|Karin Astrid Siegmann|
On the 29th of July 2015, the Dutch retailer Ahold announced a historic agreement with the Coalition of Immokalee Workers (CIW), a migrant farmworkers’ organisation in Florida’s tomato fields. Being signatory of the CIW’s Fair Food Program (FFP) implies the following: Ahold-USA commits to a wage premium in its supply chain in the form of a ‘penny per pound’ of harvested tomatoes, compliance with the Fair Food Code of Conduct, the provision of worker-to-worker education sessions, a worker-triggered complaint resolution mechanism, as well as the establishment of health and safety committees on every participating farm.
The retailer’s participation represents a quantum leap towards decent work for workers who are disadvantaged relative to most other US wage and salary workers on the basis of their poverty, occupational hazards, their vulnerability to unemployment and their irregular immigration status (Kandel 2008).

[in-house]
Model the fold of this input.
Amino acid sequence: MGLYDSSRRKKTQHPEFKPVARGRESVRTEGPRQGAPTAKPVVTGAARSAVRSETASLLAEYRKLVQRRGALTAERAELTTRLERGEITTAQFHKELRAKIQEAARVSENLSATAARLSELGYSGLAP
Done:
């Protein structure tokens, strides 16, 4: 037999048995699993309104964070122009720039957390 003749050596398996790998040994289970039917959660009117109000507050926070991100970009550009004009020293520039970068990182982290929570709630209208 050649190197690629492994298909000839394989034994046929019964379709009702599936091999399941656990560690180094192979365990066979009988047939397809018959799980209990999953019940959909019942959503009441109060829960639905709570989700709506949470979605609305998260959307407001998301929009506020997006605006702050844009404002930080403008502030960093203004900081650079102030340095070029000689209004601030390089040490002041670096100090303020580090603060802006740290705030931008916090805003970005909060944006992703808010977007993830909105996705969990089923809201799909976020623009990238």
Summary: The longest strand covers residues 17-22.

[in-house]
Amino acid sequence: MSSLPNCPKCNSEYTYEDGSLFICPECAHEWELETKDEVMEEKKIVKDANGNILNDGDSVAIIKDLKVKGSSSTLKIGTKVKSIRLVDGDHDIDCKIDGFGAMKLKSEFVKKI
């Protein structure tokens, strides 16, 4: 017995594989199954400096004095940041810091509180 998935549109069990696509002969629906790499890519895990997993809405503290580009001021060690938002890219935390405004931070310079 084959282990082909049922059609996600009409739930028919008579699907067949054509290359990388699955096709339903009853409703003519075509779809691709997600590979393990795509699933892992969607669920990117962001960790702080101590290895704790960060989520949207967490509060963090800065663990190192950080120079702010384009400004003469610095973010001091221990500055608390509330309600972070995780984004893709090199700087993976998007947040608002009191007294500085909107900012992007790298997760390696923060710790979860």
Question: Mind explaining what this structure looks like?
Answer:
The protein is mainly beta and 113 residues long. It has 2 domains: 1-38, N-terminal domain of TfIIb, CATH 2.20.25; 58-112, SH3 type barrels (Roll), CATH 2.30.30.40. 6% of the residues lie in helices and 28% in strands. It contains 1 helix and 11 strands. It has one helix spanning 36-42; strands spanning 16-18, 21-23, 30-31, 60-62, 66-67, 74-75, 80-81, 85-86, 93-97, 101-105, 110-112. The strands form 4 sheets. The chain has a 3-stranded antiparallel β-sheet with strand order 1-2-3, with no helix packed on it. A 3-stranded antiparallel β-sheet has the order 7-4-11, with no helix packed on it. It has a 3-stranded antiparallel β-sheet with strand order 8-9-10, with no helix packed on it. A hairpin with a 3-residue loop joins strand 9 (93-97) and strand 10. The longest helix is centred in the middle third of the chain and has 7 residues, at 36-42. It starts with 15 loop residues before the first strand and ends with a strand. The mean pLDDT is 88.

The agreement marks a U-turn for Ahold. Since 2010, the company had responded to the CIW’s Campaign for Fair Food with a ‘slow NO’. During shareholder meetings and in public statements, the retailer had denied responsibility for farmworker wages in their suppliers’ fields, arguing that enforcement of labour standards is the duty of US public bodies. In addition, it maintained that its own Standards of Engagement for suppliers were sufficient to guarantee fair and dignified working conditions in its supply chain, and that it already sources from growers who participate in the FFP - without disclosing, though, who those tomato growers are.